Development and Comparison of Backpropagation and Generalized Regression Neural Network Models to Predict Diurnal and Seasonal Gas and PM 10 Concentrations and Emissions from Swine Buildings

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2008-01-01
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Sun, Gang
Hoff, Steven
Hoff, Steven
Zelle, Brian
Smith, Minda
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Agricultural and Biosystems Engineering
Abstract

The quantification of diurnal and seasonal gas (NH3, H2S, and CO2) and PM10 concentrations and emission rates (GPCER) from livestock production facilities is indispensable for the development of science-based setback determination methods and evaluation of improved downwind community air quality resulting from the implementation of gas pollution control. The purpose of this study was to employ backpropagation neural network (BPNN) and generalized regression neural network (GRNN) techniques to model GPCER generated and emitted from swine deep-pit finishing buildings as affected by time of day, season, ventilation rates, animal growth cycles, in-house manure storage levels, and weather conditions. The statistical results revealed that the BPNN and GRNN models were successfully developed to forecast hourly GPCER with very high coefficients of determination (R2) from 81.15% to 99.46% and very low values of systemic performance indexes. These good results indicated that the artificial neural network (ANN) technologies were capable of accurately modeling source air quality within and from the animal operations. It was also found that the process of constructing, training, and simulating the BPNN models was very complex. Some trial-and-error methods combined with a thorough understanding of theoretical backpropagation were required in order to obtain satisfying predictive results. The GRNN, based on nonlinear regression theory, can approximate any arbitrary function between input and output vectors and has a fast training time, great stability, and relatively easy network parameter settings during the training stage in comparison to the BPNN method. Thus, the GRNN was characterized as a preferred solution for its use in air quality modeling.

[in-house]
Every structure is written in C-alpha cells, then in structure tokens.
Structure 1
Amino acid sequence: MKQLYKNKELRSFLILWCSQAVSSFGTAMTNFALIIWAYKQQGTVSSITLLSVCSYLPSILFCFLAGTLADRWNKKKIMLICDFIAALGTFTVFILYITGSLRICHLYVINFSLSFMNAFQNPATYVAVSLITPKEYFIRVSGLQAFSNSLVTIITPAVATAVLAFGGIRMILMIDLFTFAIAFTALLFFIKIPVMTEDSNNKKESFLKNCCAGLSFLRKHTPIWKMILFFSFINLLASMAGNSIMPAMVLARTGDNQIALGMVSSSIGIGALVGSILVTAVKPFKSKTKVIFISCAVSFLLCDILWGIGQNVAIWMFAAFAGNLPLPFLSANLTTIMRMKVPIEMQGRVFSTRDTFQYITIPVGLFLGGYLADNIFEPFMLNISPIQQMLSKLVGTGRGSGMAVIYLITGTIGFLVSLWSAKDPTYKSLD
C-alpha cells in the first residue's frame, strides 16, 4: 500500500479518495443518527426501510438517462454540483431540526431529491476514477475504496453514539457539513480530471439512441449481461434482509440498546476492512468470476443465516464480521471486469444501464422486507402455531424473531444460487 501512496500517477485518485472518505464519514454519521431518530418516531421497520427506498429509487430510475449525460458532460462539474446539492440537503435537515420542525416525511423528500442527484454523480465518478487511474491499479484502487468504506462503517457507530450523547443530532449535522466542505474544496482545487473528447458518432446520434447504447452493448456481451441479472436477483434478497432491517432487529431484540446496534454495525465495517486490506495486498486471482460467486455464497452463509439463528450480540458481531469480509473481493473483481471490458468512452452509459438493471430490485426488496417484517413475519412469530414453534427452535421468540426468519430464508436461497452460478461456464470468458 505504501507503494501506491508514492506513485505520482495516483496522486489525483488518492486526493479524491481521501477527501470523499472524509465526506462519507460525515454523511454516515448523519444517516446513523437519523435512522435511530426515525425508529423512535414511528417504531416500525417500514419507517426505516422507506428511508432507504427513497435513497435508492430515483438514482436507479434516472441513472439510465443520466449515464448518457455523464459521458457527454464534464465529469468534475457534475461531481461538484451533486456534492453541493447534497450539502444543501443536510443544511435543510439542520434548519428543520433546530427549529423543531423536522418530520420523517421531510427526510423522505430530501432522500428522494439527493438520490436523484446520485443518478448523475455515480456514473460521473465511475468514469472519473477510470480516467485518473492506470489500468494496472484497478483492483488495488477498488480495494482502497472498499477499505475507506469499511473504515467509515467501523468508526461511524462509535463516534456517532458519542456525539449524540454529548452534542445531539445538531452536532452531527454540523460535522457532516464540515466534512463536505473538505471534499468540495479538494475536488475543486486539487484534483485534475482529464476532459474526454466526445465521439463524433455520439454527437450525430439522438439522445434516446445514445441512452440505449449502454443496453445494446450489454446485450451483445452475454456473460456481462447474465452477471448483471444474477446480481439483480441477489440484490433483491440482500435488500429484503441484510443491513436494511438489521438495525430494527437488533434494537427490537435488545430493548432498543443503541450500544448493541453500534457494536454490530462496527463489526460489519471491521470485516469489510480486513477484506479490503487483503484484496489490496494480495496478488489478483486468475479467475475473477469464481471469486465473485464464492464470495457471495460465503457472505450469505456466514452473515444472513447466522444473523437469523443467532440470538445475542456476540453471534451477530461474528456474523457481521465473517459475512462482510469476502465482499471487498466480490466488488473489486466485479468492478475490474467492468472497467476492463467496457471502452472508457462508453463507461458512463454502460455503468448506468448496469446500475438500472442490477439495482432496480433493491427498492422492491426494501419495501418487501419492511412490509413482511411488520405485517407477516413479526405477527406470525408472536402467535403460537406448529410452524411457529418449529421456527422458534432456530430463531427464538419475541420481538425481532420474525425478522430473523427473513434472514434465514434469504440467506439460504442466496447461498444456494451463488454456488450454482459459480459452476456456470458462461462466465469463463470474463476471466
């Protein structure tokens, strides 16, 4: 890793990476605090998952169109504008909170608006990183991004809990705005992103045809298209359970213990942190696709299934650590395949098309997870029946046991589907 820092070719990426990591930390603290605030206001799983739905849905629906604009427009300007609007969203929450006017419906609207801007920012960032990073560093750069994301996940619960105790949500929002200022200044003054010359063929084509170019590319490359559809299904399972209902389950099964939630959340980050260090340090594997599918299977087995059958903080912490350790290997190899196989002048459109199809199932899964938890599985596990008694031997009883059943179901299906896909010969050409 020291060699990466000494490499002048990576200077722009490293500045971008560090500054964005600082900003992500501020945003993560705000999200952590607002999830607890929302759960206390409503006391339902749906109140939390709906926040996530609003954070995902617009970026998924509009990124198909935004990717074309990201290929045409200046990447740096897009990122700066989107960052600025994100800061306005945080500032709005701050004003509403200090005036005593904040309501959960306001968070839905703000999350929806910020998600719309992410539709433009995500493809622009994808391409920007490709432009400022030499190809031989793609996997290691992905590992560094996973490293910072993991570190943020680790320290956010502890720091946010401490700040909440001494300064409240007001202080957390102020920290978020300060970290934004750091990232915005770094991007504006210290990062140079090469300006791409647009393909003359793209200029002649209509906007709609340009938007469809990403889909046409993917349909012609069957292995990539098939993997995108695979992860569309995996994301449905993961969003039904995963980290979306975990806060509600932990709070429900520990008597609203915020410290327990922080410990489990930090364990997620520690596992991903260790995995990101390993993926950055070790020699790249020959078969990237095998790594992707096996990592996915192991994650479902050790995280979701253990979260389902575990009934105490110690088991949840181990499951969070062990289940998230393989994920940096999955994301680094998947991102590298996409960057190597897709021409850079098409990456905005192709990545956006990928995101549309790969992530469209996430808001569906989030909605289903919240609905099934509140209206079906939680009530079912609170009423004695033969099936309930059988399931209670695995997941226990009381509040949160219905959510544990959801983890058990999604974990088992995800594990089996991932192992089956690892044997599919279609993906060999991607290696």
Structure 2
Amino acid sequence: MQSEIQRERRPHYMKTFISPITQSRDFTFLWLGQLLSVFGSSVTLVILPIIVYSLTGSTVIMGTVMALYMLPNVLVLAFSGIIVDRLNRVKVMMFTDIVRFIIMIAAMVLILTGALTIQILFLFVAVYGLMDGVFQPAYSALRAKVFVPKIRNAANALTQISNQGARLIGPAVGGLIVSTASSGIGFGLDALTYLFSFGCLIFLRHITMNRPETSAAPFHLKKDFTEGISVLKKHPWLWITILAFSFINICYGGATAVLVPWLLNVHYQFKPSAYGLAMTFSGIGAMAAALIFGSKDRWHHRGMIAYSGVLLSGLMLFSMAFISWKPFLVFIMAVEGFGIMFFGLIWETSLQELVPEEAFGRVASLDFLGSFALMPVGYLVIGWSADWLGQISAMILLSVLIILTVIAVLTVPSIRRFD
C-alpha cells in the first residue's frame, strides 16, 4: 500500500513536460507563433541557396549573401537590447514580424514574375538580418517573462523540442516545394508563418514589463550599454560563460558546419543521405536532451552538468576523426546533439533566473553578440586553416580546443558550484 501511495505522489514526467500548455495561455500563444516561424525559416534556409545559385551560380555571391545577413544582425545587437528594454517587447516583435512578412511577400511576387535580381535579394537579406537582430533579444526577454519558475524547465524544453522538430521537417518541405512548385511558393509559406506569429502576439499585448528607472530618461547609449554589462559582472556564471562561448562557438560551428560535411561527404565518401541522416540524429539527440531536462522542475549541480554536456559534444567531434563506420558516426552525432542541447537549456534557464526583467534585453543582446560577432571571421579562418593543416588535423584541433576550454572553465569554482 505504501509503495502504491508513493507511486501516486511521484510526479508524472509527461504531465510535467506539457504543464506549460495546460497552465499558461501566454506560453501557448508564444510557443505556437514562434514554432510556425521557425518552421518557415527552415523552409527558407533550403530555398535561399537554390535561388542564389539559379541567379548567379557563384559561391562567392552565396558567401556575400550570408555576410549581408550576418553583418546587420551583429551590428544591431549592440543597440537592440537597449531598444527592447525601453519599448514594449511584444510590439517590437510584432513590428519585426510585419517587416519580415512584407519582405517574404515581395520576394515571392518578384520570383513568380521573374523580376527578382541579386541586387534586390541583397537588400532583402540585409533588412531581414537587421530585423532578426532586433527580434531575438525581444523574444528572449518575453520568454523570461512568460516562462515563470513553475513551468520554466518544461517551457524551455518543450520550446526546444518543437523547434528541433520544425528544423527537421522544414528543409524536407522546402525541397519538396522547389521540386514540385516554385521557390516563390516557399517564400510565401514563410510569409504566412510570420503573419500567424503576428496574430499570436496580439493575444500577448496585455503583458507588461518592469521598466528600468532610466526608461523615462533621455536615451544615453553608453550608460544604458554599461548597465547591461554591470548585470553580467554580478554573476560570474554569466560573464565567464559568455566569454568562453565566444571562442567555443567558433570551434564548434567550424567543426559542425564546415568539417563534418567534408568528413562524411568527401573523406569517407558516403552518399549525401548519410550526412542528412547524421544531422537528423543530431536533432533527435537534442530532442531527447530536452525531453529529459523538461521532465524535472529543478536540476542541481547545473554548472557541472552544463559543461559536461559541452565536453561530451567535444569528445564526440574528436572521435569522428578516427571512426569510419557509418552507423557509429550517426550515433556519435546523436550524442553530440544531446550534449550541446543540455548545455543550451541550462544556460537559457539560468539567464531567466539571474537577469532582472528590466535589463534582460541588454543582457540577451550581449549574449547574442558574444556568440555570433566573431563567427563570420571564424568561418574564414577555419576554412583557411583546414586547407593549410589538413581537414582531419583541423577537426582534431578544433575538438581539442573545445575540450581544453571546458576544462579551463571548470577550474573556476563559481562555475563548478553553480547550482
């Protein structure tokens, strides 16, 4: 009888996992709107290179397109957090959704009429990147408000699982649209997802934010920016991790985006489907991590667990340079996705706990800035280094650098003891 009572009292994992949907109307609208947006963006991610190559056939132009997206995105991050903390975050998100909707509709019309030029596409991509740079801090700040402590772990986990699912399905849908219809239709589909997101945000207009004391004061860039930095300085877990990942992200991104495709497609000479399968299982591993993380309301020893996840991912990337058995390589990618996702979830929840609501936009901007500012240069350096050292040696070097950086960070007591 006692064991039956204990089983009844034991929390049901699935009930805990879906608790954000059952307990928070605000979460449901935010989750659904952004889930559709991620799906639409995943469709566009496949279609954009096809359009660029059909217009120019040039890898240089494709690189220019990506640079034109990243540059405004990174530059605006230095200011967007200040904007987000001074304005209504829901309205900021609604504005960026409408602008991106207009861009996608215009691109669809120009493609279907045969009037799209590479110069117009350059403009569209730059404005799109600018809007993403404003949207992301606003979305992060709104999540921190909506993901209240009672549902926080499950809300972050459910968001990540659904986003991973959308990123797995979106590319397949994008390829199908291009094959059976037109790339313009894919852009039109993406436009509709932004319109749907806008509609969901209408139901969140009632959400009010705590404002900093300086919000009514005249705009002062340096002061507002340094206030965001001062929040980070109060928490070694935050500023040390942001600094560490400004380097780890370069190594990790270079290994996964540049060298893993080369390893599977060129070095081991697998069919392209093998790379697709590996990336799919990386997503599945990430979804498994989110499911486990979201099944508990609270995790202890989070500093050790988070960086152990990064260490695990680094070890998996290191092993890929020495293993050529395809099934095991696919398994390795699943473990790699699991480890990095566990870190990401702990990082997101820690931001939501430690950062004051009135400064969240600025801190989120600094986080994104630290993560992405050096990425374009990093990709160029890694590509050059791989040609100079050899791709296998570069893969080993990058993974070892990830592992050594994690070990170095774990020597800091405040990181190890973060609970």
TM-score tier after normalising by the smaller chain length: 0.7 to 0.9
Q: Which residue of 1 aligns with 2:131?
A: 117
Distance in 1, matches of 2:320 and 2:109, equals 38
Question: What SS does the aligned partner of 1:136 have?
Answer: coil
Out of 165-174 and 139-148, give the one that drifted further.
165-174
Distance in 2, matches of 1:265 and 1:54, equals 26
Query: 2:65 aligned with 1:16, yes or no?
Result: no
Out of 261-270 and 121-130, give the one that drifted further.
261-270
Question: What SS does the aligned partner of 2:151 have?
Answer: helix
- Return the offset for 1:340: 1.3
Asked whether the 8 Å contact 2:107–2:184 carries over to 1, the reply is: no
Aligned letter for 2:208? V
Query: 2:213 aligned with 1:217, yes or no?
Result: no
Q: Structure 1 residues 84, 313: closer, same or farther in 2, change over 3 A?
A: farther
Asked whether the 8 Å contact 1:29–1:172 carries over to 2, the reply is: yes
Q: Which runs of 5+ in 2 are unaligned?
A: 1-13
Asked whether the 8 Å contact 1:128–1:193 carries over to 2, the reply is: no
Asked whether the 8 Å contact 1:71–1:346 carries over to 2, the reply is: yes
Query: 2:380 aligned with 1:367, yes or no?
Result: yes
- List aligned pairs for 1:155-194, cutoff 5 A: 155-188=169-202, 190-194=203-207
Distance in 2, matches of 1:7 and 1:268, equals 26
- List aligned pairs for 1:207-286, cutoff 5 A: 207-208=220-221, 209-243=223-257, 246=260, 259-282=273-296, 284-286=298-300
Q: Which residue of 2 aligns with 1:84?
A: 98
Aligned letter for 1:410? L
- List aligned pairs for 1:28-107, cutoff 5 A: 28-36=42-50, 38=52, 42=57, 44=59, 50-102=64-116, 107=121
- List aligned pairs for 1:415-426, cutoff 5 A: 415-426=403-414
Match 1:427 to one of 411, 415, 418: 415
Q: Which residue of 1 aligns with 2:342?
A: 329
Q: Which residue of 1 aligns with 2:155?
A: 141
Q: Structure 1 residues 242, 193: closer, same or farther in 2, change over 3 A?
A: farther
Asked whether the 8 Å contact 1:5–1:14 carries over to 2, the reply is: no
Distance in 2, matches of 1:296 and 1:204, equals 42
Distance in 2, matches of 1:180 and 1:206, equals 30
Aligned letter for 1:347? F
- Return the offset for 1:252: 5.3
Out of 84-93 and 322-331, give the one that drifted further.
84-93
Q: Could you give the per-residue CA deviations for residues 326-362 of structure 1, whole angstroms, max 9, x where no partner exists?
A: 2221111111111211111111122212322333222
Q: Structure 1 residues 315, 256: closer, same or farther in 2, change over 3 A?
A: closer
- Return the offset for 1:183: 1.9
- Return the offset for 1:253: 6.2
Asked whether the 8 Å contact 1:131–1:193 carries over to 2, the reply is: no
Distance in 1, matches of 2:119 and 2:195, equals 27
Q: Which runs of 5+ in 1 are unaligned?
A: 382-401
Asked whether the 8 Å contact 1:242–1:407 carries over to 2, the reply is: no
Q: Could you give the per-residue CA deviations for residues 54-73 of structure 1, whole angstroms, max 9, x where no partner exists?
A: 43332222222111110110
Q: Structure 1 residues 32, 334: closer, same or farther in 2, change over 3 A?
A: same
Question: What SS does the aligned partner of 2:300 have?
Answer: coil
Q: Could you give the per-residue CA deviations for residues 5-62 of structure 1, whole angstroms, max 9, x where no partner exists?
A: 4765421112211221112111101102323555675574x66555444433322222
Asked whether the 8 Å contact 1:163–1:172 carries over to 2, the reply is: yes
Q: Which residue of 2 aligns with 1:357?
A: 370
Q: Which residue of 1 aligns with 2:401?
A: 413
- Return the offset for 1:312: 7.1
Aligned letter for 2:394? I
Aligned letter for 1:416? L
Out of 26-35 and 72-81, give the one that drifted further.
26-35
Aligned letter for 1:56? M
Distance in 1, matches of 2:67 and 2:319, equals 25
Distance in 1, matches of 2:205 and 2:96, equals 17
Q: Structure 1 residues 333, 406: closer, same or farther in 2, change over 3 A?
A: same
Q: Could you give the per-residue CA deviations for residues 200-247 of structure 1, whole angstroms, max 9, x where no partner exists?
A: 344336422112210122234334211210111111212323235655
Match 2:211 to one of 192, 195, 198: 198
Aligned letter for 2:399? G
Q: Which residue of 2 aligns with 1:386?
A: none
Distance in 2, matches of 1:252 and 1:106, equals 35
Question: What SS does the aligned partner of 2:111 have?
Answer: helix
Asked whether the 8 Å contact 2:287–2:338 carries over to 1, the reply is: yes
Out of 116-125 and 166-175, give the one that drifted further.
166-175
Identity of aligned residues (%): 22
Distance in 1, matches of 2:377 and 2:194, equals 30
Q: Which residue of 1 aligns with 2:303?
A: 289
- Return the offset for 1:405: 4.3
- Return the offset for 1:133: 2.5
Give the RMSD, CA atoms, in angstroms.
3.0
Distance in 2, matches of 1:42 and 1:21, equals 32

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This article is from Transactions of the ASABE 51, no. 2 (2008): 685–694.

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